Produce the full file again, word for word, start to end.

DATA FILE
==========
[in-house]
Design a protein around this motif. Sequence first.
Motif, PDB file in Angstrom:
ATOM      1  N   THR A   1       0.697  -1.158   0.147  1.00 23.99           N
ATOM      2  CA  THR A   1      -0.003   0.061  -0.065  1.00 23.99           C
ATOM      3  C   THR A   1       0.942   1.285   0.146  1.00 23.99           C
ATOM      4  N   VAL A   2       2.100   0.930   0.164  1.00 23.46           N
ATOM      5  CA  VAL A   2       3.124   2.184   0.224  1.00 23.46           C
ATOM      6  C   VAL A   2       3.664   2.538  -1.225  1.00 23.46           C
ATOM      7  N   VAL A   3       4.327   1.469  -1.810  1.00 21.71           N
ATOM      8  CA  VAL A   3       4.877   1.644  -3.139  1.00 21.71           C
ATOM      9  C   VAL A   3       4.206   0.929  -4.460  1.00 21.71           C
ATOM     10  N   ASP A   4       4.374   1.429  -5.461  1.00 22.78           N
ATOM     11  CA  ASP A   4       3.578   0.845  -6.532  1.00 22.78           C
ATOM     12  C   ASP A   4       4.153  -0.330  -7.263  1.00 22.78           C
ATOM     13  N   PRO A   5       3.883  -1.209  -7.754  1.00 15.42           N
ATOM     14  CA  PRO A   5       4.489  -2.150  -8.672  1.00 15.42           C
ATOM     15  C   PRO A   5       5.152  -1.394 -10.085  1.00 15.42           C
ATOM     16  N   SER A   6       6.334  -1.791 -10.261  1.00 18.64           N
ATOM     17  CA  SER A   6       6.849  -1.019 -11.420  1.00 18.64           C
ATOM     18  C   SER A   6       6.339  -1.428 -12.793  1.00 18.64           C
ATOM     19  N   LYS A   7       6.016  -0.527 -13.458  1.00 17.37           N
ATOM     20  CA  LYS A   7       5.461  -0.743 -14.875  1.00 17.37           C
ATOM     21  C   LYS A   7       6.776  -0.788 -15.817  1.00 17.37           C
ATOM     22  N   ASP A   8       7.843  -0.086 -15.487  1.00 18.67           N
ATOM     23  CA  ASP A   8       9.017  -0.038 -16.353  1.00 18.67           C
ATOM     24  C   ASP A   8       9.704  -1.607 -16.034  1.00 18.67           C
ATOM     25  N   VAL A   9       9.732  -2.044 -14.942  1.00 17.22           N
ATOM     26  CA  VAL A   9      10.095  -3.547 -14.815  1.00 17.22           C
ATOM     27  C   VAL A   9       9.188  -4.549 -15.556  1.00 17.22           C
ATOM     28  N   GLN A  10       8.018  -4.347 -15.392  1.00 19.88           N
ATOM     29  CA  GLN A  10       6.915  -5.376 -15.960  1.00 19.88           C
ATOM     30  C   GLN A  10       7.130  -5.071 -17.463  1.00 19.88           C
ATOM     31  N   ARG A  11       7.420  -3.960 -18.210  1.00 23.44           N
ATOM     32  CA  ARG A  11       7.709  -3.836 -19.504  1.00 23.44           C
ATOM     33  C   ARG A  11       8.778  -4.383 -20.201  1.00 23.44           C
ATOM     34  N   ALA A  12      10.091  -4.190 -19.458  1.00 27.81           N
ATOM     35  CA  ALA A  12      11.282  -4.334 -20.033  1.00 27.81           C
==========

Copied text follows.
[in-house]
Design a protein around this motif. Sequence first.
Motif, PDB file in Angstrom:
ATOM      1  N   THR A   1       0.697  -1.158   0.147  1.00 23.99           N
ATOM      2  CA  THR A   1      -0.003   0.061  -0.065  1.00 23.99           C
ATOM      3  C   THR A   1       0.942   1.285   0.146  1.00 23.99           C
ATOM      4  N   VAL A   2       2.100   0.930   0.164  1.00 23.46           N
ATOM      5  CA  VAL A   2       3.124   2.184   0.224  1.00 23.46           C
ATOM      6  C   VAL A   2       3.664   2.538  -1.225  1.00 23.46           C
ATOM      7  N   VAL A   3       4.327   1.469  -1.810  1.00 21.71           N
ATOM      8  CA  VAL A   3       4.877   1.644  -3.139  1.00 21.71           C
ATOM      9  C   VAL A   3       4.206   0.929  -4.460  1.00 21.71           C
ATOM     10  N   ASP A   4       4.374   1.429  -5.461  1.00 22.78           N
ATOM     11  CA  ASP A   4       3.578   0.845  -6.532  1.00 22.78           C
ATOM     12  C   ASP A   4       4.153  -0.330  -7.263  1.00 22.78           C
ATOM     13  N   PRO A   5       3.883  -1.209  -7.754  1.00 15.42           N
ATOM     14  CA  PRO A   5       4.489  -2.150  -8.672  1.00 15.42           C
ATOM     15  C   PRO A   5       5.152  -1.394 -10.085  1.00 15.42           C
ATOM     16  N   SER A   6       6.334  -1.791 -10.261  1.00 18.64           N
ATOM     17  CA  SER A   6       6.849  -1.019 -11.420  1.00 18.64           C
ATOM     18  C   SER A   6       6.339  -1.428 -12.793  1.00 18.64           C
ATOM     19  N   LYS A   7       6.016  -0.527 -13.458  1.00 17.37           N
ATOM     20  CA  LYS A   7       5.461  -0.743 -14.875  1.00 17.37           C
ATOM     21  C   LYS A   7       6.776  -0.788 -15.817  1.00 17.37           C
ATOM     22  N   ASP A   8       7.843  -0.086 -15.487  1.00 18.67           N
ATOM     23  CA  ASP A   8       9.017  -0.038 -16.353  1.00 18.67           C
ATOM     24  C   ASP A   8       9.704  -1.607 -16.034  1.00 18.67           C
ATOM     25  N   VAL A   9       9.732  -2.044 -14.942  1.00 17.22           N
ATOM     26  CA  VAL A   9      10.095  -3.547 -14.815  1.00 17.22           C
ATOM     27  C   VAL A   9       9.188  -4.549 -15.556  1.00 17.22           C
ATOM     28  N   GLN A  10       8.018  -4.347 -15.392  1.00 19.88           N
ATOM     29  CA  GLN A  10       6.915  -5.376 -15.960  1.00 19.88           C
ATOM     30  C   GLN A  10       7.130  -5.071 -17.463  1.00 19.88           C
ATOM     31  N   ARG A  11       7.420  -3.960 -18.210  1.00 23.44           N
ATOM     32  CA  ARG A  11       7.709  -3.836 -19.504  1.00 23.44           C
ATOM     33  C   ARG A  11       8.778  -4.383 -20.201  1.00 23.44           C
ATOM     34  N   ALA A  12      10.091  -4.190 -19.458  1.00 27.81           N
ATOM     35  CA  ALA A  12      11.282  -4.334 -20.033  1.00 27.81           C